The lawsuit, filed Wednesday on behalf of Jane Felix and B.N. Coone, alleges the monument is a government endorsement of religion and violates the First Amendment and the state constitution.
The Bloomfield City Council in 2007 approved a resolution to allow the monument to be funded privately and erected on city property. The process was instigated by Kevin Mauzy, who at the time served on the Council.
Despite objections from some citizens, including a petition and various letters presented to the Council, the monument was installed July 4, 2011.
The 19-page ACLU complaint names the city of Bloomfield, Mayor Scott Eckstein and councilors Matt Pennington, Curtis Lynch and Pat Lucero as defendants. Because they voted to approve an agenda item acknowledging the monument's placement, they are being sued in their official capacities and as individuals.
According to the complaint, Felix believes the monument "represents only one religious point of view and therefore sends a message of exclusion to those who do not adhere to that particular religion."
Coone believes the monument "shows that the city favors the Christian religion and supports Christianity over other religions. He believes that the city's display violates the U.S. Constitution and the New Mexico Constitution," the
In addition to First Amendment issues, the complaint alleges that the city disregarded many ordinances and policy requirements that would regulate installation of the monument.
"When a permanent monument is placed on government property, that represents government speech, and the Supreme Court has ruled that there cannot be a religious display on government property," said Peter Simonson, executive director for the New Mexico ACLU. "This is a particular instance where they expressed an endorsement of one religion to the exclusion of all others, and the city should not put itself in the position to discriminate against other religions."
If the city allowed monuments representing other religions, that could change the situation, Simonson said.
"If the city was open to displays of all faiths, it might change the situation over time, but the city has already indicated that it has limited space available on the city hall lawn, and there are many ordinances required before a monument can be placed," Simonson said. "They did not enforce these ordinances when this monument was installed. We believe this disregard for placement strictures supports our argument that the city greased the wheels and turned a blind eye to policies to get this particular monument erected. I doubt other monuments would similarly be allowed to bypass the same strictures."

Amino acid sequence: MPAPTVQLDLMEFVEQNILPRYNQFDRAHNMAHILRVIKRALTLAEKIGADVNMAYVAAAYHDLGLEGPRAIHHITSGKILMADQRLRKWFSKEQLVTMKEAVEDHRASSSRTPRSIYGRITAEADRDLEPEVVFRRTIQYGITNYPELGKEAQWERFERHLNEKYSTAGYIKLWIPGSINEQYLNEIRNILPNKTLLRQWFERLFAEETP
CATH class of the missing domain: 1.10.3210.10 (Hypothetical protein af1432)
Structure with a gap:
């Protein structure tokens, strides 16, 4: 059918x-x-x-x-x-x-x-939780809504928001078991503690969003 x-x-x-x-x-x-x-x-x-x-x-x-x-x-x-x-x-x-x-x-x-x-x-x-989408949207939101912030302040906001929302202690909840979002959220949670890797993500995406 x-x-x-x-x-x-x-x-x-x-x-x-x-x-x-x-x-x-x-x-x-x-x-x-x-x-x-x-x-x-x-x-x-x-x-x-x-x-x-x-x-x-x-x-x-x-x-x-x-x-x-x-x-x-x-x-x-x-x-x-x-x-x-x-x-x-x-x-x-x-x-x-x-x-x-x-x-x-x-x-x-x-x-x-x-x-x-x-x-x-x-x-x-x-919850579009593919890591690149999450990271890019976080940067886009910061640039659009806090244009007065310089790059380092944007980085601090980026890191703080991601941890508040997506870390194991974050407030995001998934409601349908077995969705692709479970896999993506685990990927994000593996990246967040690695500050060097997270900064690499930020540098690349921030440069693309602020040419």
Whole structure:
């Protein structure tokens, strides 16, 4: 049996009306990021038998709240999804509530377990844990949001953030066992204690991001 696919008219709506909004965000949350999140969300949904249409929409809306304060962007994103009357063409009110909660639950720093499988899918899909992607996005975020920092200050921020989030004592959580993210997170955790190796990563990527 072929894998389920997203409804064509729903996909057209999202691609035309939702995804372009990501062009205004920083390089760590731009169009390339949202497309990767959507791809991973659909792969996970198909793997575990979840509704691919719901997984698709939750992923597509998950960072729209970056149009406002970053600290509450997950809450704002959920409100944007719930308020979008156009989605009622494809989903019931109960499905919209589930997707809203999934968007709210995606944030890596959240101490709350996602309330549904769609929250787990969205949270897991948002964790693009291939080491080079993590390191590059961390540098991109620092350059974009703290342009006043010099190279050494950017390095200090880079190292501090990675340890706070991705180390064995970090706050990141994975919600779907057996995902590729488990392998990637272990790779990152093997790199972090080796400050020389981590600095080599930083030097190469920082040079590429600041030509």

The ACLU found curious the placement of the Declaration of Independence monument, installed in November at the back of the lawn, Simonson said. The fact that the Ten Commandments monument was placed prominently at the front fits into the city's strategy to "thumb their nose" at opposition, he said.
Lynne Raner, who was serving on the Council when the monument was approved and installed, is not named in the lawsuit. Simonson said the ACLU is only naming the sitting councilors as defendants as they are the ones who currently have decision-making power.
The monument has caused controversy throughout the community and within the city's administration.
Former parks director Bob Carman, who was fired last July and since was charged with one count of embezzlement, claims the city retaliated against him after he voiced concerns about not being consulted prior to the monument's installation.
Issues such as the underground sprinkler system were not taken into account, Carman said. When he expressed concern about this, he became a target for retaliation, he said.
City Manager David Fuqua in December denied that Carman's termination and embezzlement investigation had anything to do with his statements about the monument.
When reached by phone Thursday, both Eckstein and City Attorney Ryan Lane declined to comment on the lawsuit, as they had not yet received official notice or seen the complaint.
"I've also been advised to not comment publicly about pending litigation," Eckstein said.